London is the best city in the world, because it’s a place where people from all walks of life can live, work and love. I would defy anyone to name anywhere else on the planet which is more welcoming, open and inclusive.
But despite all of London’s great strengths, our city remains far too inaccessible for those living with autism. And the evidence shows quite plainly that individuals with autism are forced to battle against unacceptable discrimination.
For example, while having a job can be a great driver of social mobility, only 32 per cent of autistic people are in employment, and just 16 per cent are in full-time paid work. This comes at a time when 80 per cent of non-disabled people are in some form of work.
These unacceptable employment figures are most likely connected to the fact that autistic Londoners find it so much more difficult to travel around our city. The National Autistic Society recently revealed that over half of autistic people avoid public transport altogether.
Furthermore, there can be no doubt that the stigma attached to autism shows no sign of significantly reducing. The depressing reality is that Londoners simply don’t have a good enough understanding of this condition, and this lack of awareness has led to a staggering 28 per cent of autistic people being asked to leave public spaces because of behaviour associated with the condition.
This situation is entirely wrong and desperately needs to change. In my new report, The Full Spectrum: Making London Autism Friendly, I have set out exactly what the mayor of London, Sadiq Khan, should do to raise awareness of autism and make life easier for people living with the condition.
First, there can be no doubt that, as an employer, the mayor is in a uniquely powerful position when it comes to raising awareness of autism. Khan is the boss of London’s 30,000 police officers, Transport for London workers, and firefighters. I want the mayor to introduce mandatory autism training for all of these employees, so that they can better understand the challenges faced by autistic people in our city. This would be a game-changer for people living with autism.
Second, the sad reality is that autism barely features at all in the mayor’s strategy documents. Khan needs to establish a much greater policy focus on autism, especially when it comes to his health inequalities strategy or even the London Plan.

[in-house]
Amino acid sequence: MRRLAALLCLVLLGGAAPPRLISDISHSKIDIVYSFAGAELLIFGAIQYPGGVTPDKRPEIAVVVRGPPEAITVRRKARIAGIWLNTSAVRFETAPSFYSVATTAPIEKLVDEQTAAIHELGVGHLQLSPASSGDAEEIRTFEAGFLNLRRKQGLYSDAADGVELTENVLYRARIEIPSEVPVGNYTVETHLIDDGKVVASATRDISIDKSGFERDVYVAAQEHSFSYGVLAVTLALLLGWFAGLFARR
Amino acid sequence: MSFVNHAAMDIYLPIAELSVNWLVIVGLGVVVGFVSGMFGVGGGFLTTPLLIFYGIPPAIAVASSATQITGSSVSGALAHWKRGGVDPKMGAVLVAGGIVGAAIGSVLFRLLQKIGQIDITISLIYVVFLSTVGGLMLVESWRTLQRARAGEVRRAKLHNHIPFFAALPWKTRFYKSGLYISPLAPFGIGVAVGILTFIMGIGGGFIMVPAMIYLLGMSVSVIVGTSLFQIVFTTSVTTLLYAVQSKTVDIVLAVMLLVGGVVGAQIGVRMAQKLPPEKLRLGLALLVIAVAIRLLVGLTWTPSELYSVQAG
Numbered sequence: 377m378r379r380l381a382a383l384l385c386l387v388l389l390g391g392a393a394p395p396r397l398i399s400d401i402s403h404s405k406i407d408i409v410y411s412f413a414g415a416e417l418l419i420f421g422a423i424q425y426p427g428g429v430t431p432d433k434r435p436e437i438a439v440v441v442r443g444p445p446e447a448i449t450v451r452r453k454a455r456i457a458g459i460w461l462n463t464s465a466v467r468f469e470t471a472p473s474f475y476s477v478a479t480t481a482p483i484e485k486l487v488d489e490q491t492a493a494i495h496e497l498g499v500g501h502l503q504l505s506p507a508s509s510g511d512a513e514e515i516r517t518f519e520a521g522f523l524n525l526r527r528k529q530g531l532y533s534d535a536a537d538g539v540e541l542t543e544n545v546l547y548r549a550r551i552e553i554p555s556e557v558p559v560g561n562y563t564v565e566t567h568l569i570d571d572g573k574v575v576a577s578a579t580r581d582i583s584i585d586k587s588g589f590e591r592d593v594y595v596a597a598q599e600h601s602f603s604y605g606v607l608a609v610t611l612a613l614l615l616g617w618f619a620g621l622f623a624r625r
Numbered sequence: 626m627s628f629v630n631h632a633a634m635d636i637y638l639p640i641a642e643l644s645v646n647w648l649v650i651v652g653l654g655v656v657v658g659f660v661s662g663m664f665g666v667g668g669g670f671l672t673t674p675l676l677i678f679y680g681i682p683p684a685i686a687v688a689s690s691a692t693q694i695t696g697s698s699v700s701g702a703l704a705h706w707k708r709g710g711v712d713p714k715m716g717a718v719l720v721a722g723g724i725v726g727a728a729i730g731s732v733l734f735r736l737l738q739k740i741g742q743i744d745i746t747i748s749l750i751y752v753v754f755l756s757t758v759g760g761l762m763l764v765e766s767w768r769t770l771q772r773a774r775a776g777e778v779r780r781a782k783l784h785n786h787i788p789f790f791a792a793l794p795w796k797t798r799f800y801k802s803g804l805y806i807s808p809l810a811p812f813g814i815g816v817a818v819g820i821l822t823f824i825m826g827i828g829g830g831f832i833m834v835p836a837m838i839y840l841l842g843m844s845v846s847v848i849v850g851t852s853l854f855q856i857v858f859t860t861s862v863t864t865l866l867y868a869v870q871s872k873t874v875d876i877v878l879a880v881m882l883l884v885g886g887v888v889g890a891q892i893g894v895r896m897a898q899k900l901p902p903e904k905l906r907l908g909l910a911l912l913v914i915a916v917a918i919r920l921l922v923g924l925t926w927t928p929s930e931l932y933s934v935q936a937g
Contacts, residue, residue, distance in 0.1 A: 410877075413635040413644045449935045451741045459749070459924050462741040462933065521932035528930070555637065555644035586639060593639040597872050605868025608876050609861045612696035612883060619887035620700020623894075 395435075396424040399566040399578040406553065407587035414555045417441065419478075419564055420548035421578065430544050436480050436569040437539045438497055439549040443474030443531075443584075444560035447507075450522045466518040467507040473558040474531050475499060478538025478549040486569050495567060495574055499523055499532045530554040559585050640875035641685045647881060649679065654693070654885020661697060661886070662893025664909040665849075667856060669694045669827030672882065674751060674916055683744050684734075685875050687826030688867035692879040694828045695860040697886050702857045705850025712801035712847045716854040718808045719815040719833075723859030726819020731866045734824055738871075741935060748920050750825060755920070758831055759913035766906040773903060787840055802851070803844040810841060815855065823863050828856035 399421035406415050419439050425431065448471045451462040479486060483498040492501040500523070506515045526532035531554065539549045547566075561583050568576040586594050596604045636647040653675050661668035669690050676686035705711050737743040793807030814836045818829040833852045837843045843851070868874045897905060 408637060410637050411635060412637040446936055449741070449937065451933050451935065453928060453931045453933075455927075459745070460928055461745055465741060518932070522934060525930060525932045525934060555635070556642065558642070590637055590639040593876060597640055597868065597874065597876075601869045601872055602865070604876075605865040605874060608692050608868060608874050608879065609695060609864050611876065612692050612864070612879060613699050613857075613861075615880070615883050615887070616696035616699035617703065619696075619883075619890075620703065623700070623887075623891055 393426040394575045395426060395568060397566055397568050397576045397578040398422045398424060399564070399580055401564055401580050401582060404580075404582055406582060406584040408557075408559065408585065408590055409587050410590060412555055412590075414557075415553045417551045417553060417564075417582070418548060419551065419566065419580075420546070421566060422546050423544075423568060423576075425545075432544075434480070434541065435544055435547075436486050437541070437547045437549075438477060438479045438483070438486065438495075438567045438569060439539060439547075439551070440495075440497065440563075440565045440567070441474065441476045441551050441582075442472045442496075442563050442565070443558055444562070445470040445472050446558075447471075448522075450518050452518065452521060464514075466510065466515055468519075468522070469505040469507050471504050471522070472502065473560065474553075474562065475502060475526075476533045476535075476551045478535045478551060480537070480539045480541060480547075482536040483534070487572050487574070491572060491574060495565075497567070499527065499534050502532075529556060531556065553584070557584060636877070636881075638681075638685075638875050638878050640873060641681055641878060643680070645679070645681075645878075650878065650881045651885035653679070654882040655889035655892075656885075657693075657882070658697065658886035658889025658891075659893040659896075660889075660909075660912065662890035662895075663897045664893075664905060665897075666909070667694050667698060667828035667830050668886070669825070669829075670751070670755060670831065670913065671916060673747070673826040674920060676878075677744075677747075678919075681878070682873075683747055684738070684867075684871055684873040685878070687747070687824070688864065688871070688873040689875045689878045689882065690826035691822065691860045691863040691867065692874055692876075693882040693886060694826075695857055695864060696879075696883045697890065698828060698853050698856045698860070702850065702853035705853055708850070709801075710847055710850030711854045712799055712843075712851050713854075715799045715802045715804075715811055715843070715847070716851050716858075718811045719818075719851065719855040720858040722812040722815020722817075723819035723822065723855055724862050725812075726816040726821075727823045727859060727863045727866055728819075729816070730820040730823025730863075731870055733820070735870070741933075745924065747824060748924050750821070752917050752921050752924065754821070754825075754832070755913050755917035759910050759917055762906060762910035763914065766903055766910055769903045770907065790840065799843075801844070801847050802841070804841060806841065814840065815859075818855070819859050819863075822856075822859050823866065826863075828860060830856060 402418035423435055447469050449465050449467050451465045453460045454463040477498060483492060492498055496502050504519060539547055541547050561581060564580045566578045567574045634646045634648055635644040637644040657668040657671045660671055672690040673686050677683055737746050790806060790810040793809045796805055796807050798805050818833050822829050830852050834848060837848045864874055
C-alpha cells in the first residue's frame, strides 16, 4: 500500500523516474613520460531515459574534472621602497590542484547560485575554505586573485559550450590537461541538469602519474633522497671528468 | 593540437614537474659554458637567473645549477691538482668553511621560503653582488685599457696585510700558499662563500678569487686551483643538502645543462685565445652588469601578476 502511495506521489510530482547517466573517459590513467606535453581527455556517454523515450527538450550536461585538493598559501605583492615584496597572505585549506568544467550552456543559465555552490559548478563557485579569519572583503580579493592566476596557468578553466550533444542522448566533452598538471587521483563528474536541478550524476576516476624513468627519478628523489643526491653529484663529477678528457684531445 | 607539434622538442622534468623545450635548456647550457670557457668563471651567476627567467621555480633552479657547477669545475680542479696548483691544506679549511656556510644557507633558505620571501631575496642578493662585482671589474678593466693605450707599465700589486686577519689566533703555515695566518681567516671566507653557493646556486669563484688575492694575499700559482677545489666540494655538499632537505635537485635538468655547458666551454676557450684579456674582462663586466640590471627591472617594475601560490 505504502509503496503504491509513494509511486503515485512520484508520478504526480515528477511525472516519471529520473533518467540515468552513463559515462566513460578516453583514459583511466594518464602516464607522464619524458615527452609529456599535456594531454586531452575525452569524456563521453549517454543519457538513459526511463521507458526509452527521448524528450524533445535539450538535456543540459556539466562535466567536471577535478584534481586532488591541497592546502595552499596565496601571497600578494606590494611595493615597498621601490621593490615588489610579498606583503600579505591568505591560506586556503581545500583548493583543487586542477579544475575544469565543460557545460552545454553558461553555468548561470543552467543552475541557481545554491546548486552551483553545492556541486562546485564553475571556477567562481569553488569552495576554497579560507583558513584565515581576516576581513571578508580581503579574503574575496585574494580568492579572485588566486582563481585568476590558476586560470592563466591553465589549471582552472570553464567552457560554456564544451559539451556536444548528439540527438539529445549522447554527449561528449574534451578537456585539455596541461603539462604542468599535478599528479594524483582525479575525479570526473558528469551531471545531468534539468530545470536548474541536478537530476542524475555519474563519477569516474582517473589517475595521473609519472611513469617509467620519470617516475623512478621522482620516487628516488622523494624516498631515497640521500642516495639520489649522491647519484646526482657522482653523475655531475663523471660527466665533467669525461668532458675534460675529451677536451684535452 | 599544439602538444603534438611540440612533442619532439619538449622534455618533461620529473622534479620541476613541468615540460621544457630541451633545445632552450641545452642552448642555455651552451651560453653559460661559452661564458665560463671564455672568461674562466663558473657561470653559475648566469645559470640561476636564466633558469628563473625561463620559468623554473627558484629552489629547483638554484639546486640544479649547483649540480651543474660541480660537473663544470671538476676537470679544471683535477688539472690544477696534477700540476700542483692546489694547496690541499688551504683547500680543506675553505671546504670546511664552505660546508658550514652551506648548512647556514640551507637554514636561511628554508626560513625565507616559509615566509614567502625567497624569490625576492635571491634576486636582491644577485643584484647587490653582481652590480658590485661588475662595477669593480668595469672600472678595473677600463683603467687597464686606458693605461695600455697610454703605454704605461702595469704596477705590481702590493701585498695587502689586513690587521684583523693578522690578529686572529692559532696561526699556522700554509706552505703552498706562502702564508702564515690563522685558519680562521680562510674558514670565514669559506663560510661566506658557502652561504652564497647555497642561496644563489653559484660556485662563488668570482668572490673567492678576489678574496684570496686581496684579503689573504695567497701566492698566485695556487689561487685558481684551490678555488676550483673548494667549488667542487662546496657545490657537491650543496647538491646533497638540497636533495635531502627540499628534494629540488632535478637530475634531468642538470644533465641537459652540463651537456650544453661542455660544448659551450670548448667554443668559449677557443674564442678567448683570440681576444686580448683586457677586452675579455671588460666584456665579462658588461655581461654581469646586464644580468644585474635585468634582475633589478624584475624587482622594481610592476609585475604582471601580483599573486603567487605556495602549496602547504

It is easy to underestimate the positive impact that autism-friendly design can have, with certain features helping those on the autistic spectrum to improve their focus and be more calm. Just a mention of autism in the London Plan could encourage developers to look at autism-friendly design.
Third, the National Autistic Society’s “Autism Friendly Award” has been instrumental in helping businesses understand the issues which autistic people face, and recognises those firms which have taken steps to become autism-friendly. The mayor should adopt this award and promote it across our city.
Finally, we need a proper, multi-agency approach to making London more accessible for autistic people which brings together local councils, NHS bodies, charities and businesses.
This holistic work should be underpinned by a substantial, all-age, London-wide autism strategy, which – among other measures – introduces a new service that directs autistic Londoners towards autism-friendly businesses and facilities.
The challenges faced by autistic people in London are unacceptably great, but by taking just a few modest measures the mayor could make a major difference for the better.
These changes would chime perfectly with the spirit and character of the most welcoming and inclusive city in the world.